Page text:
Sticky Blood-Hughes Syndrome Support


Hi, over the past 8 months i have had severe joint problems, which i put down to hard graft at work.I persevered to see if i could adapt but over the last few months it got worse and worse. I ended up taking strong pain killers after my shift at work but no pain relief.

I subsequently started researching my aches and pains of late and came across a condition

called "Fibromyalgia" PLEASE GOOGLE this as its to complex for me to explain.

Anyhow from birth i was born with a hole in my back which is a very mild form of spina bifida, ive always worked,played enjoyed life to the full and had no probs. I do occasionally have dizzy spells which i put down to having a blood clot on my brain 10 years ago and received medication for. I have always suffered with short term memory loss. but have always held down strenuous jobs.

But of late im struggling with my aching joints and came across Fibromyalgia.

Please help on advice and how to put this into context for my Dr..

Many thanks


19 Replies

Hi Mark, hopefully one of the others will get back to you that are more up to scratch with Fibro' as I was tested for it but have been told my joint pains are not down to that.

They say mine is due to APS & I now take Plaquinil for it & I find that helps at least 70% with the pains most of the time.....

It could well be fibro....have you been diagnosed with APS / Hughes at all too? as you havnt put that in your post?

Hope you are ok & I hope you get some answers soon & I'll look back on here asap & see how you are doing with any more answers, good luck.


Many people are given a diagnosis of Fibro when in fact they have other underlying conditions. The over lapping symptoms cleverly disguise many autoimmune conditions so its really important to get a correct diagnosis and not allow a Doctor to stick you in a Fibro bucket when you could be misdiagnosed and have perfectly treatable conditions.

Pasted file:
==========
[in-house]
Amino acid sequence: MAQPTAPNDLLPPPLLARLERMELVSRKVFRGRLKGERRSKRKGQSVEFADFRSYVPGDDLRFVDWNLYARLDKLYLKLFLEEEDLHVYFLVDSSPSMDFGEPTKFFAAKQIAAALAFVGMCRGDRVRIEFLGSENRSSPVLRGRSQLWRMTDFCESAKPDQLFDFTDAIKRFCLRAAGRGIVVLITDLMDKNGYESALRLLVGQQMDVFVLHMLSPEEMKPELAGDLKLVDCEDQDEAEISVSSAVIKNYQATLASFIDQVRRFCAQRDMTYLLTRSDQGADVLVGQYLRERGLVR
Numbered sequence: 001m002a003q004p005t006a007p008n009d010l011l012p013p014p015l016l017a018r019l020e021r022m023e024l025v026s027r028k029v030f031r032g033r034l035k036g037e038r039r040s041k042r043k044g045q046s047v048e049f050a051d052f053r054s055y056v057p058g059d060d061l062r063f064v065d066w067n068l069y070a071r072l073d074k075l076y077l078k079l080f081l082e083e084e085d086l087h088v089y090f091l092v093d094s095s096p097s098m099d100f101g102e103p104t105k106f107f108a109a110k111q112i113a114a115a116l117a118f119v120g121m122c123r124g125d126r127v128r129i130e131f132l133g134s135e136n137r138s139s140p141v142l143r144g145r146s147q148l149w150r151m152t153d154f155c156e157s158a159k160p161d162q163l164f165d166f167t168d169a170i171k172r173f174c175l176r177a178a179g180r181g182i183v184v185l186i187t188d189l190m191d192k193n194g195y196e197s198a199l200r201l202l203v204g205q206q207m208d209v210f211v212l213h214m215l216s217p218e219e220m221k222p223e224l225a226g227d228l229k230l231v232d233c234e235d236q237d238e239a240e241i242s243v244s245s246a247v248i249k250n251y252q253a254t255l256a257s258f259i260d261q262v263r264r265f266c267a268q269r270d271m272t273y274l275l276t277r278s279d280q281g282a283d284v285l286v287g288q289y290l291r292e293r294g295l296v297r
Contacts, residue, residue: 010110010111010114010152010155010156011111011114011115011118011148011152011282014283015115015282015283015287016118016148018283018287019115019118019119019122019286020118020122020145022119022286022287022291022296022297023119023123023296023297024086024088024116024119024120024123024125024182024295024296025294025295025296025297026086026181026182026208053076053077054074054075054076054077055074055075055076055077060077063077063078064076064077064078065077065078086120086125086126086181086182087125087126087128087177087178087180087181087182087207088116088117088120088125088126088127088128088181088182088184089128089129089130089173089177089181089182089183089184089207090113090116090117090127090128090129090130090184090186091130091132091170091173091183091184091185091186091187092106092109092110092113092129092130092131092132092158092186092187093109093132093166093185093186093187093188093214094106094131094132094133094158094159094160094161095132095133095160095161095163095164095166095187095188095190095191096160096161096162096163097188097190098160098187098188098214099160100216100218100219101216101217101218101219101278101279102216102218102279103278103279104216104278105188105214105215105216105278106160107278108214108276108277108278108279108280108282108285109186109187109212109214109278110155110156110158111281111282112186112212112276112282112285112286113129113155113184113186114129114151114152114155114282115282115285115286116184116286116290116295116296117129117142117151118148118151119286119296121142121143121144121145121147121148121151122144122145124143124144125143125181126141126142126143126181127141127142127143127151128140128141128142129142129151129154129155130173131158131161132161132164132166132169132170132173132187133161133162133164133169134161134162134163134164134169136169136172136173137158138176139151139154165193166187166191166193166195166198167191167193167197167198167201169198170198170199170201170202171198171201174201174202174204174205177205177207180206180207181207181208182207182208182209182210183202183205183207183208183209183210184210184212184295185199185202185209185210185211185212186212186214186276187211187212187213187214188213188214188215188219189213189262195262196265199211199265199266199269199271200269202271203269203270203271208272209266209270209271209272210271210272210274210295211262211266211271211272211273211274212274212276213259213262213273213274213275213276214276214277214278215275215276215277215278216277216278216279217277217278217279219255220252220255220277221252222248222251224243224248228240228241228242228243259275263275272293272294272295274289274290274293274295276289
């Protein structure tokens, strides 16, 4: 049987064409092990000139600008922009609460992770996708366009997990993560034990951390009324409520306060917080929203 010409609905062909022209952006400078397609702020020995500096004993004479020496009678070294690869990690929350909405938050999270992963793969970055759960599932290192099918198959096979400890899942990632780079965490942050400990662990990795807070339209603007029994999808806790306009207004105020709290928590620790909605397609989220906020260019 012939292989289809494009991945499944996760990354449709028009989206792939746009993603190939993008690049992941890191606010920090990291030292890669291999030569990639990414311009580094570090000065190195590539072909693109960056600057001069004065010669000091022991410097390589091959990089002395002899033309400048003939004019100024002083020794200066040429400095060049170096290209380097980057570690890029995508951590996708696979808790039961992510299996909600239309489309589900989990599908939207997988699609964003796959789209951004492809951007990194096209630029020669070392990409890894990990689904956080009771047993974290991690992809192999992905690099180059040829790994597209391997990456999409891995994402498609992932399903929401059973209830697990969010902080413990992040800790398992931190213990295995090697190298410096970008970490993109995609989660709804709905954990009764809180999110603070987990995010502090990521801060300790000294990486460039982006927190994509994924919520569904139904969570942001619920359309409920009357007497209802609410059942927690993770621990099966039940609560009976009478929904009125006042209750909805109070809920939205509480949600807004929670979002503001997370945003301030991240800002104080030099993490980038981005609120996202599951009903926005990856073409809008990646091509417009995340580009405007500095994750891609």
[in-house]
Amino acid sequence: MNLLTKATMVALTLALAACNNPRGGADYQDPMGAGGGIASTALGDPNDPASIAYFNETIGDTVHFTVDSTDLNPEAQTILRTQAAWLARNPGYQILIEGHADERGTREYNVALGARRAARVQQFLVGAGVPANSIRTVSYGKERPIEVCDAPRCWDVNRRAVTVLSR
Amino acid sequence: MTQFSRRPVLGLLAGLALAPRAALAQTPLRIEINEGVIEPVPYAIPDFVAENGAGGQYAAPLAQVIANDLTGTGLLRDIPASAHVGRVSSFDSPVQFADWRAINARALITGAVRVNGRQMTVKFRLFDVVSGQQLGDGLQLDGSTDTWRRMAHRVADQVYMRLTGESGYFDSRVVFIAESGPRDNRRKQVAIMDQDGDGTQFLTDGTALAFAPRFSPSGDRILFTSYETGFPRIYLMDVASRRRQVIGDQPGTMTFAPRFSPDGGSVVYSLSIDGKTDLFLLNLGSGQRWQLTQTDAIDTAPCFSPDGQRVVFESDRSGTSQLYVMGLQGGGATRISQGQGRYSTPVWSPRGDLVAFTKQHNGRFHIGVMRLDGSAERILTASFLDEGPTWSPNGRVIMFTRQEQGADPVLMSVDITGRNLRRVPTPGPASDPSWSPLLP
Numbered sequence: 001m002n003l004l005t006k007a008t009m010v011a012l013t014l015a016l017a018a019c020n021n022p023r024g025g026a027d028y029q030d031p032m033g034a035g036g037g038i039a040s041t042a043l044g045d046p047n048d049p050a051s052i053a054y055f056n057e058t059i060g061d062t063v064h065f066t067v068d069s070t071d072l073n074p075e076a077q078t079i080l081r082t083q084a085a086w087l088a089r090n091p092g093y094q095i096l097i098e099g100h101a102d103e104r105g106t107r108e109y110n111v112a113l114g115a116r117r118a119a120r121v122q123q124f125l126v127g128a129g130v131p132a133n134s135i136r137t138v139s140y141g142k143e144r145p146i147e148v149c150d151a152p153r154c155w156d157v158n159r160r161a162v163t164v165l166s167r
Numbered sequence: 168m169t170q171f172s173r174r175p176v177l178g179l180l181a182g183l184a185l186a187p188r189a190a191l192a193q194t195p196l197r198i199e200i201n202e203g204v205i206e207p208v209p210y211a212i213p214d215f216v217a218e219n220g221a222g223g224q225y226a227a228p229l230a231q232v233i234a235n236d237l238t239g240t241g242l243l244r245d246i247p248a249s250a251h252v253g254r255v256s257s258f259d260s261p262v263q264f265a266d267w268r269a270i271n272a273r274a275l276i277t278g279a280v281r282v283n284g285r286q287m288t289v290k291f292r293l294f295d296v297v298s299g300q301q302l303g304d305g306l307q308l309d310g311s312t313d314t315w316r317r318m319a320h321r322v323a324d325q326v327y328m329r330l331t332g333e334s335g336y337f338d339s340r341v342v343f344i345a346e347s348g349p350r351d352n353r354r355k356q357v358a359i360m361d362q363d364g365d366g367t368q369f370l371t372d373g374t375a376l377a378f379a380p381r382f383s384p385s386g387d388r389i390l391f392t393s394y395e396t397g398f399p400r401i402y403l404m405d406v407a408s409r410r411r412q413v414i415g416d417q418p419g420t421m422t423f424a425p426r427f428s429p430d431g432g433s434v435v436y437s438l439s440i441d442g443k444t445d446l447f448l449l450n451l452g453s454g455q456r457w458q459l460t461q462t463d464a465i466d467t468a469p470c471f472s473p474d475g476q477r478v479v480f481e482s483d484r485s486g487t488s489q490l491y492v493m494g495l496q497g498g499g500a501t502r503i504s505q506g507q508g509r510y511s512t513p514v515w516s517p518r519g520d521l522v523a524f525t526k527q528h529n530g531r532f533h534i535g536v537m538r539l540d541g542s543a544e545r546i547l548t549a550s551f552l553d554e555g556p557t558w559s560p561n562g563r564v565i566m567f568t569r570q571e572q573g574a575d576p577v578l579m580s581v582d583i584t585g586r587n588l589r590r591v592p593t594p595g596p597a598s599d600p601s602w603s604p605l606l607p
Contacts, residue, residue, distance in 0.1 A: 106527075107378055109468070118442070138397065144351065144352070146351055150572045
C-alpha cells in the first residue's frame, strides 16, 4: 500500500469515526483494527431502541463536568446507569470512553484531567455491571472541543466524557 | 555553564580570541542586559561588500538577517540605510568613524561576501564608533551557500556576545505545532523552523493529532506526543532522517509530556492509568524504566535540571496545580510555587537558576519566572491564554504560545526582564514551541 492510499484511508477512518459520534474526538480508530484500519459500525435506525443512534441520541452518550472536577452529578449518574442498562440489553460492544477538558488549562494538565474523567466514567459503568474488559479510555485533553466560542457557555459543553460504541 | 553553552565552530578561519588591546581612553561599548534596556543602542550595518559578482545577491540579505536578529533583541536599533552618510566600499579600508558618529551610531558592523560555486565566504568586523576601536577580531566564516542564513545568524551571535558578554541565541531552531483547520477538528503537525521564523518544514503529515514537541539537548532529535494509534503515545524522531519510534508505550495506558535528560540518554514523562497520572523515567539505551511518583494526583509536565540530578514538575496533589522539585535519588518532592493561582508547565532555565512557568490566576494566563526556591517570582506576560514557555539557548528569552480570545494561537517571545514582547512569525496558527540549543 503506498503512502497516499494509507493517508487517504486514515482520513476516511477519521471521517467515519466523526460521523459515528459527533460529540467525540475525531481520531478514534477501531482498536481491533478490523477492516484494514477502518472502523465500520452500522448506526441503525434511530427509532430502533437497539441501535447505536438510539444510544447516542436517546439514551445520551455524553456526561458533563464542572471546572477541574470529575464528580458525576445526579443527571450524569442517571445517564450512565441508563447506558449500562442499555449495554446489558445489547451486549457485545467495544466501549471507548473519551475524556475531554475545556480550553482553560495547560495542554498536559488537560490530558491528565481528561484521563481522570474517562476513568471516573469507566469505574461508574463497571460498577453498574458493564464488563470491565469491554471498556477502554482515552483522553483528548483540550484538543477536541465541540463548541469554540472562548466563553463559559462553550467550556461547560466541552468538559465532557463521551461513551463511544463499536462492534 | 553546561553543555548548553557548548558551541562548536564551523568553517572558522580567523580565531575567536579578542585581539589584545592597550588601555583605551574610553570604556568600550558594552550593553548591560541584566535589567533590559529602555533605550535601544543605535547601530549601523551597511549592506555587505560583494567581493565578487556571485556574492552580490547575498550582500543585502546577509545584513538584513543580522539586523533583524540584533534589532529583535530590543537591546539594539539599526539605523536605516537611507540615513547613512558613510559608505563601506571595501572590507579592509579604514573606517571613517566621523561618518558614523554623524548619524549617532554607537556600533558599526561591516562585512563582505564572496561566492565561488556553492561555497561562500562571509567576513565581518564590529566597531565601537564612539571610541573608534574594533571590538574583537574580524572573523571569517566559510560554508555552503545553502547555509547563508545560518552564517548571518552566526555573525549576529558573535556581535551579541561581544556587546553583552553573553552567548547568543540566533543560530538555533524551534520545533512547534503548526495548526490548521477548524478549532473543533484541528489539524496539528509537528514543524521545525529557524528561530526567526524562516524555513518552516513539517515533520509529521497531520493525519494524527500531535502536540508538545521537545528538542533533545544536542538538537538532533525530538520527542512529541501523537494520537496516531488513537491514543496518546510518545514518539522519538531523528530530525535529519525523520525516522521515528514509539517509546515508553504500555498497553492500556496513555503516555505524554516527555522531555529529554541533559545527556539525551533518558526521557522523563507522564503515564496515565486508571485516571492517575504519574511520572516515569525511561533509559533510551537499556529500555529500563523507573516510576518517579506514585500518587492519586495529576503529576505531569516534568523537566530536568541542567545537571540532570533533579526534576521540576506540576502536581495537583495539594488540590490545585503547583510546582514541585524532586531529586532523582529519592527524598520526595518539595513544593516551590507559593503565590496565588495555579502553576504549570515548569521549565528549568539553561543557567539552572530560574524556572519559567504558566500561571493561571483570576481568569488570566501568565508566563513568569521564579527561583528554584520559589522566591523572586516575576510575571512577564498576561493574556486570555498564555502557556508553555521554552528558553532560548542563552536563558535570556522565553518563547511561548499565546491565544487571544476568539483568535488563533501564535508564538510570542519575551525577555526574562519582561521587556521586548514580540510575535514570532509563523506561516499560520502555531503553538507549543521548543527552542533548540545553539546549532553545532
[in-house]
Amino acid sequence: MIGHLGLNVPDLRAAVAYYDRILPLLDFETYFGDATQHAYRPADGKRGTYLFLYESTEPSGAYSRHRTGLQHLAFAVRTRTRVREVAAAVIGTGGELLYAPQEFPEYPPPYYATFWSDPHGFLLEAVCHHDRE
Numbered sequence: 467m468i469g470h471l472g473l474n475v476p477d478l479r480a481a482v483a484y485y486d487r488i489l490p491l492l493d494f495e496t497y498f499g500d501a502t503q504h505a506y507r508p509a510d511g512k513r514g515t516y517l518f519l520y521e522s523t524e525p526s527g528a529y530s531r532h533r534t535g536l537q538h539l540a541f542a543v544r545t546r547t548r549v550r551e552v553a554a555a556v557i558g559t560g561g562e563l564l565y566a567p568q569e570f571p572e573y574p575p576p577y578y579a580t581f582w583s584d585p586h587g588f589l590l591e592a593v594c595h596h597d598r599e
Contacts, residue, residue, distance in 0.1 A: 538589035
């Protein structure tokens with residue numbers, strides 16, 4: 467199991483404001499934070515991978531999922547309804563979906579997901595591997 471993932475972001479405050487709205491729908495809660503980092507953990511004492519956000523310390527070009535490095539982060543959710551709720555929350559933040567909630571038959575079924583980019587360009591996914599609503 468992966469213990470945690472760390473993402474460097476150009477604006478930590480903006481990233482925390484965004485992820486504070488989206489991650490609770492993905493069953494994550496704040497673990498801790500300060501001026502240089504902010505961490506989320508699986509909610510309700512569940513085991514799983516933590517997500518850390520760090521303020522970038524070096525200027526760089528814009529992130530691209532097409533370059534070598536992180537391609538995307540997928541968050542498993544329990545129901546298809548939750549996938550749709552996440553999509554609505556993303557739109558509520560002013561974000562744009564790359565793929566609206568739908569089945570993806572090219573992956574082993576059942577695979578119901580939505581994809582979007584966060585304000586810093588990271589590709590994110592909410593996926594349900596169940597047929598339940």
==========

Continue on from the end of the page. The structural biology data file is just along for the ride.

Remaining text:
If your symptoms are NOT down to APS, which Im assuming you are already diagnosed with, then the other culprits to look out for would be autoimmune Thyroid issues and Sjorgrens which often runs as a trio.

As mentioned above, Plaquenil is often prescribed for the pain and fatigue often misdiagnosed as Fibro and this can help a lot once it kicks in.

Even if you do get diagnosed with Fibro too it's important to know that any other conditions have been correctly identified in order for the best chance of good symptom control.

My advice to you is don't self diagnose but find a good Rheumatologist who knows the difference between all of these conditions including and most importantly APS.


I have been diagnosed with Fibro Myalgia but i agree with Aps on this one to get yourself refered to a GOOD rheumatologist.

I am also concerned you had a clot on your brain........i'm not convinced with this label of FM I feel it's an easy way out of not looking any further into what is really going. Jillymo X


Hi i have the same problems, was also born with a hole at the base of my spine and was diagnosed with Spina Bifida Oculta as a baby, i have terrible aches and pains in joints and all over my body also.

I have 2 friends diagnosed with Fibromyalgia and i believe i have it too. You need to be referred to a specialist and they will conduct a test. Its actually a pressure point test and if you have pain to the touch in i think its 18 places then you will be diagnosed with it. There is no cure for Fibromyalgia.

My doctor wont refer me nor will he do anything or give me anything for the pain (not that it would work anyway)

My advice is explain your symptoms to your doctor and ask to be referred to a fibro specialist. If they are good dr's they should do it unlike mine.



Mark I have fibromyalgia. Selby I was also born with spina bifida occulta, a pinhole in my spine at L5-S1. Lately causing huge issues with urinary tract.

Mark how are your vitamin d levels? Mine were insanely low and since I've been on a supplement my symptoms have improved greatly. I've refused meds for fibro as so many side effects. They say regular exercise and Tai Chi help immensely. Studies have shown this.

Regardless what is causing your symptoms I do hope you find relief soon.


i have fibro and APS, both diagnosed,, i feel for anyone else with the samething,, its a lonley painfull life.. Goodluck to you all x


I agree 100% its so lonely


If you are now diagnosed with Hughes syndrome I think you should put your own question on our site,